BORDER TRANSPORTATION

The Governor of California, Pete Wilson, and a Texas Senator who is running for re-election, Phil Gramm, are both calling for a change in the U.S. position on Mexican trucks entering and traveling in the United States under the North American Free Trade Agreement.

In a letter to President Bill Clinton, Governor Wilson requested permission to allow Mexican trucks, properly inspected, to enter and travel in California as a pilot project. Governor Wilson also plans to request the same permission from Mexico for California trucks. Mexican trucks were to have been allowed to enter the United States and travel freely under the NAFTA on July 18, 1995. U.S. trucks were to be granted the same freedom. Implementation of the provision has been delayed by the United States because of concern over the safety of Mexican trucks. (See Transportation story, September issue).

At issue is transportation efficiency, since currently Mexican trucks must cross the border, unload and return to Mexico. Their loads are then picked up by California trucks and taken to their destination. The Governor’s proposal would include registering the Mexican trucks with the U.S. Department of Transportation for operation in the State of California only.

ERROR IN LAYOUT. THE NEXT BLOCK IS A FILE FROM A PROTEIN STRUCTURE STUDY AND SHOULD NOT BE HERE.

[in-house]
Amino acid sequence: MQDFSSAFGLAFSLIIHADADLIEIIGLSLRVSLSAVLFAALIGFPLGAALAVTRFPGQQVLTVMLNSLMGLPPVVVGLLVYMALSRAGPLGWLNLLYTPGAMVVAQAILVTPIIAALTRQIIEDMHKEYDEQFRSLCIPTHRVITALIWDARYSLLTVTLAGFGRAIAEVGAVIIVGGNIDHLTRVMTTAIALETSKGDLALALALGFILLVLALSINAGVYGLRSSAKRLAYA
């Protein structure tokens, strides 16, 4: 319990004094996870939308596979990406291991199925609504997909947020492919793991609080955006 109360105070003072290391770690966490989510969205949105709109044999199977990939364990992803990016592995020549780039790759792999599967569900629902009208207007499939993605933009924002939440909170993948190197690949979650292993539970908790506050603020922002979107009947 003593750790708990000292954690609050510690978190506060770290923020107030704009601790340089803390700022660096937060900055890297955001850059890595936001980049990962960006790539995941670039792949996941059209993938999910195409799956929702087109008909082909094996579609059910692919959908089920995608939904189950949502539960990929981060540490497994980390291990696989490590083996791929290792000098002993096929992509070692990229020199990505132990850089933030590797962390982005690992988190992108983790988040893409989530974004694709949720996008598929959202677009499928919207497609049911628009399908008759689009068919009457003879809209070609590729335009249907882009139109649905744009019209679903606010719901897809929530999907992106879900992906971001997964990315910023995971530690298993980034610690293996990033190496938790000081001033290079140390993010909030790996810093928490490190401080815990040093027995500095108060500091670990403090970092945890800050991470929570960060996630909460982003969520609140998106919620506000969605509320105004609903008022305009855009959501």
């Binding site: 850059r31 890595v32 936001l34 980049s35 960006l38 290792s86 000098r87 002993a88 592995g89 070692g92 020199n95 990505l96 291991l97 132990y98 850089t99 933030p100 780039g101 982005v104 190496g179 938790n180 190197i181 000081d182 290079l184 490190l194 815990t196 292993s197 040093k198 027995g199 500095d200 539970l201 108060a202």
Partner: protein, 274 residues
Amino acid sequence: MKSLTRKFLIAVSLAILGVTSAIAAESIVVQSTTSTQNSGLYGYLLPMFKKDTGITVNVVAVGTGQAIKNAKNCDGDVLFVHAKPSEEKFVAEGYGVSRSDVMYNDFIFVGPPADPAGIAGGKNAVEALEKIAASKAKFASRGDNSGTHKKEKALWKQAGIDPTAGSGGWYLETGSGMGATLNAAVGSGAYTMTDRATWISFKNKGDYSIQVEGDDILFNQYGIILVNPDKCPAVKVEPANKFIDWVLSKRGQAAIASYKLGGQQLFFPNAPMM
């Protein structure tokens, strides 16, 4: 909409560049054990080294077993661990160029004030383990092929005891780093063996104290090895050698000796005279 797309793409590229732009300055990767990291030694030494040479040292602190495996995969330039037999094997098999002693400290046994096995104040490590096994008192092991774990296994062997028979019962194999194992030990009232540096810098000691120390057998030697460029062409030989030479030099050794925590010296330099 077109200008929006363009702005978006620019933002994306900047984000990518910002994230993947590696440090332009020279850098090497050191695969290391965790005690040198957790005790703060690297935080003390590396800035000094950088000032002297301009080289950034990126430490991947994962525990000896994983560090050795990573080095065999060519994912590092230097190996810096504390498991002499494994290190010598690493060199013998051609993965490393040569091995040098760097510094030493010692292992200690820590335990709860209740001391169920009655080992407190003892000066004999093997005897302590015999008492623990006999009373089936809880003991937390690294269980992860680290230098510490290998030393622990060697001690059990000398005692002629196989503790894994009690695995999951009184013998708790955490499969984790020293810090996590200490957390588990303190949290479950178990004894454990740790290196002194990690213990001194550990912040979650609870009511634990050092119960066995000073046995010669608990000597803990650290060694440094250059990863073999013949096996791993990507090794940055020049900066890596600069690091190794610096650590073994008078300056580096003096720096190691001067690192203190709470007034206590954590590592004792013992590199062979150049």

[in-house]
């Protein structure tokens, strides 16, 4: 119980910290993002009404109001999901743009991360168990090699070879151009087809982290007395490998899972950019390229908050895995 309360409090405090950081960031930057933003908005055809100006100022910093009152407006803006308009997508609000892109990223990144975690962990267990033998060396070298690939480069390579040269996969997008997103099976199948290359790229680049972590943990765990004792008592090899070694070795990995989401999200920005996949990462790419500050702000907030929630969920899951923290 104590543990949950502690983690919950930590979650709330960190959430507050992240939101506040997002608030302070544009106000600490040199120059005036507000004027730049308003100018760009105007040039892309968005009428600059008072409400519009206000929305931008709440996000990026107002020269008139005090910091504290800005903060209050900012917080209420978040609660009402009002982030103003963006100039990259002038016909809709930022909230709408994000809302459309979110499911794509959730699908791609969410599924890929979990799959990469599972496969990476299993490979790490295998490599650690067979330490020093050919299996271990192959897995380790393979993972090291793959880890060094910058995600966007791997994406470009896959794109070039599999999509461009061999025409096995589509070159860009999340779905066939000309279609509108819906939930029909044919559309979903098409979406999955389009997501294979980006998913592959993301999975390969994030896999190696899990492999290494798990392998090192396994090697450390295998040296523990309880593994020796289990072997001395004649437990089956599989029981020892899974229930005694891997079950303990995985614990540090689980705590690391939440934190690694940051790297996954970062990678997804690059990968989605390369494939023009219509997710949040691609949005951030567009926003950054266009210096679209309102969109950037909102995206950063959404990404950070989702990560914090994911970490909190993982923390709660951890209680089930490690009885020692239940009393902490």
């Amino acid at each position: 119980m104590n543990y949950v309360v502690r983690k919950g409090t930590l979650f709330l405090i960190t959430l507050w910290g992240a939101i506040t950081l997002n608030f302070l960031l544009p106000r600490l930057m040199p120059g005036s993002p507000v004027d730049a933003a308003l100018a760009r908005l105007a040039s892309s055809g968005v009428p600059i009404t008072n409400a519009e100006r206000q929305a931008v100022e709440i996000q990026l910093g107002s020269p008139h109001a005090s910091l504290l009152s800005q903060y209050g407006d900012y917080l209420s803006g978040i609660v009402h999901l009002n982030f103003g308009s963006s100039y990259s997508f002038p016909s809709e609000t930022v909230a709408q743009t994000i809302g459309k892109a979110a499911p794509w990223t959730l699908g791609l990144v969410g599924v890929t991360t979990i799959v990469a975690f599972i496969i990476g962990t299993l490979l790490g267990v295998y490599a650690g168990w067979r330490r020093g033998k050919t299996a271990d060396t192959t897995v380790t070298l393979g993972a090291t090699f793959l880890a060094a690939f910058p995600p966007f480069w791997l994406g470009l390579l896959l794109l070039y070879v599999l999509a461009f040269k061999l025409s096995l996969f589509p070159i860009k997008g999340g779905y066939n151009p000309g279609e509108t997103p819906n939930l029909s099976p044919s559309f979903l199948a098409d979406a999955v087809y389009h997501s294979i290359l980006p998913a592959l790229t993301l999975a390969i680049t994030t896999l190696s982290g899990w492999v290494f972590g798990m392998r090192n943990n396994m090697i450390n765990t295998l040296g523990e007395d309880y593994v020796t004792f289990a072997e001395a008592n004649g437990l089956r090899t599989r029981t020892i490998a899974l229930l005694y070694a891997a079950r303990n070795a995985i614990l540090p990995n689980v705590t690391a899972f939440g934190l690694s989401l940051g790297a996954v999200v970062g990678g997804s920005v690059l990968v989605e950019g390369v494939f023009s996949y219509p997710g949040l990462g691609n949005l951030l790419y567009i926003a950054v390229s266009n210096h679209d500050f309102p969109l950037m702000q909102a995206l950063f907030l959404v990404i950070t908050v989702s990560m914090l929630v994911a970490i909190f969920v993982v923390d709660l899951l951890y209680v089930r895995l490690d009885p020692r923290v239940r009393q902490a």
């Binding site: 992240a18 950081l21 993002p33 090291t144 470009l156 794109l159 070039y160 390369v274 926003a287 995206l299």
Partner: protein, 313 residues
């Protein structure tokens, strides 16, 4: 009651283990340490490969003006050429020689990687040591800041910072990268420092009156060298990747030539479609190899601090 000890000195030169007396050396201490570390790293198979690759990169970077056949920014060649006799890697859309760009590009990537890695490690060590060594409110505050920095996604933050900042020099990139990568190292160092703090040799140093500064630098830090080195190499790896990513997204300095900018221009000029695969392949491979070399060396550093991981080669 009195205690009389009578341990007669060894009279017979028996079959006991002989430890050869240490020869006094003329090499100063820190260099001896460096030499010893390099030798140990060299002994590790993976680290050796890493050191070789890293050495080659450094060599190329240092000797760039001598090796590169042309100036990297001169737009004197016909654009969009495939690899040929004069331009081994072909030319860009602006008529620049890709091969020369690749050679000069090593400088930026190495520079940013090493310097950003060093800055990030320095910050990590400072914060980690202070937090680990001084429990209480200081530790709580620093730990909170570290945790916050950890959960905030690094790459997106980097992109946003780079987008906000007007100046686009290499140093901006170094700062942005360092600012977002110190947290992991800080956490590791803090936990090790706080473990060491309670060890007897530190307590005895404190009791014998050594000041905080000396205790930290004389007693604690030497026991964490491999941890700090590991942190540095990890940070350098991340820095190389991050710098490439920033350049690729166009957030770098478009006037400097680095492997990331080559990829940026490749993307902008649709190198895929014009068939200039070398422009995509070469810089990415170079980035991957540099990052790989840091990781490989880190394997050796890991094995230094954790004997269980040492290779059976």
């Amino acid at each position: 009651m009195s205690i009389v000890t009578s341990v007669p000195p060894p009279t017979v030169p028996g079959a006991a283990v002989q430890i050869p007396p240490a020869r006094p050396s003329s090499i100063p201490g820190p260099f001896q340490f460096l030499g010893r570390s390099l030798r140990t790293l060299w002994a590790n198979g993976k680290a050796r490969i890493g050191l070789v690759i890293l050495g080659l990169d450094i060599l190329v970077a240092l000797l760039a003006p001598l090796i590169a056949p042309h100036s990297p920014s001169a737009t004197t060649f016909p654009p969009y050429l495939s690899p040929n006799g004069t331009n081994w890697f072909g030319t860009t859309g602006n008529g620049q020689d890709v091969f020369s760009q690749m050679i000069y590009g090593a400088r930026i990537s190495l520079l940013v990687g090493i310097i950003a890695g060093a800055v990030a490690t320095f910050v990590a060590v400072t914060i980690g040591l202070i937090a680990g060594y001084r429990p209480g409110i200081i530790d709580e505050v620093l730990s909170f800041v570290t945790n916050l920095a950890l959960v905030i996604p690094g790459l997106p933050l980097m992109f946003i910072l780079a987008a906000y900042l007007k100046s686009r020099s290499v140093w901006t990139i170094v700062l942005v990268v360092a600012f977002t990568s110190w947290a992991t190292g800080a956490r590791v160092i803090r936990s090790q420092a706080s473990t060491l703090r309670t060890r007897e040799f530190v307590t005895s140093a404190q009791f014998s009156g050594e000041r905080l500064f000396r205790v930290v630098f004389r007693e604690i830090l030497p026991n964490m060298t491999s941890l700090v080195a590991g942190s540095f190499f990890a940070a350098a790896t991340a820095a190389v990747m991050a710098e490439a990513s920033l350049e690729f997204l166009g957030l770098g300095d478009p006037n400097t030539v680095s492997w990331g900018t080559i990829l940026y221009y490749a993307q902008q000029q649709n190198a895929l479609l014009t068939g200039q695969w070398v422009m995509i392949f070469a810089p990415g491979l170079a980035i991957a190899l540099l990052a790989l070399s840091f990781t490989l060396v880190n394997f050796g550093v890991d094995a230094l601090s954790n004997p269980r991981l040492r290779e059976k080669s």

Texas Senator Phil Gramm stated in early October that the U.S. should relax minor standards for Mexican truckers and lift restrictions that have prevented the implementation of the harmonized trucking regulations between the two countries. Texas Governor George Bush joined the call to end the delay, stating that state troopers are able to enforce U.S. safety regulations.

In other news, Grupo Mexico, one of three proposers to submit a bid for the Chihuahua Pacifico railroad concession was the only company that complied with all the requirements of the bid, according to news in Diario de Juarez. The other two bidders, Tribasa and Transportacion Ferroviaria Mexicana withdrew from the process after “abstaining” from submitting the required technical and economic portions of the bid, making Grupo Mexico the virtual concession winner. The final decision will be made by the Intersecretariat Commission for Disincorporation (Comision Intersecretarial de Desincorporacion) based upon evaluations of the bids by the Transportation Secretariat (Secretariat de Communicaciones y Transportes, SCT) and the National Railway Agency (Ferrocarriles Nacionales de Mexico, FNM).

Sources: Diario de Juarez, El Norte, El Paso Times


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